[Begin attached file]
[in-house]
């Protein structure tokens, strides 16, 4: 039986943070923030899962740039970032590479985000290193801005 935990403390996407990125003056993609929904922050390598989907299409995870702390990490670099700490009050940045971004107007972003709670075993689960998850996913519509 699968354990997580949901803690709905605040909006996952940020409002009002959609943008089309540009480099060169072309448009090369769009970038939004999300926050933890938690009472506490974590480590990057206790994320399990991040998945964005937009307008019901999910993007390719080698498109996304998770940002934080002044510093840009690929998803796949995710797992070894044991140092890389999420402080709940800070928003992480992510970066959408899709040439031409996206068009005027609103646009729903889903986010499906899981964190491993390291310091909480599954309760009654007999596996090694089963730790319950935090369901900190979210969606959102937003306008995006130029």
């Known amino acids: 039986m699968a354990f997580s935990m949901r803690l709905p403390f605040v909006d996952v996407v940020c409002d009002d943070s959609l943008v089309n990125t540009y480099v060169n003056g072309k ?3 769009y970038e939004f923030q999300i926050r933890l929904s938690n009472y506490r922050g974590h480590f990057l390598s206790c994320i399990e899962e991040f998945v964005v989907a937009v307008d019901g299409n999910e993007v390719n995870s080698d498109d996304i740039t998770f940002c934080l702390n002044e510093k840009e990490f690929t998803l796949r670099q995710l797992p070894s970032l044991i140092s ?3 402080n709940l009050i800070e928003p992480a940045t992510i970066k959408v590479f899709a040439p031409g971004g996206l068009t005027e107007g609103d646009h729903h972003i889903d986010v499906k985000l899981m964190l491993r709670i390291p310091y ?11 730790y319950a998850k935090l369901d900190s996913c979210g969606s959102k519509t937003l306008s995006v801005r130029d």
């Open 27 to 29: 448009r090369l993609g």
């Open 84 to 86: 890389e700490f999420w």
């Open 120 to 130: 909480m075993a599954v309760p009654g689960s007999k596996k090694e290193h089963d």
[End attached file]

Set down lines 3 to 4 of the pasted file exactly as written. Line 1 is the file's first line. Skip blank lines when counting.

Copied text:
């Known amino acids: 039986m699968a354990f997580s935990m949901r803690l709905p403390f605040v909006d996952v996407v940020c409002d009002d943070s959609l943008v089309n990125t540009y480099v060169n003056g072309k ?3 769009y970038e939004f923030q999300i926050r933890l929904s938690n009472y506490r922050g974590h480590f990057l390598s206790c994320i399990e899962e991040f998945v964005v989907a937009v307008d019901g299409n999910e993007v390719n995870s080698d498109d996304i740039t998770f940002c934080l702390n002044e510093k840009e990490f690929t998803l796949r670099q995710l797992p070894s970032l044991i140092s ?3 402080n709940l009050i800070e928003p992480a940045t992510i970066k959408v590479f899709a040439p031409g971004g996206l068009t005027e107007g609103d646009h729903h972003i889903d986010v499906k985000l899981m964190l491993r709670i390291p310091y ?11 730790y319950a998850k935090l369901d900190s996913c979210g969606s959102k519509t937003l306008s995006v801005r130029d």
């Open 27 to 29: 448009r090369l993609g």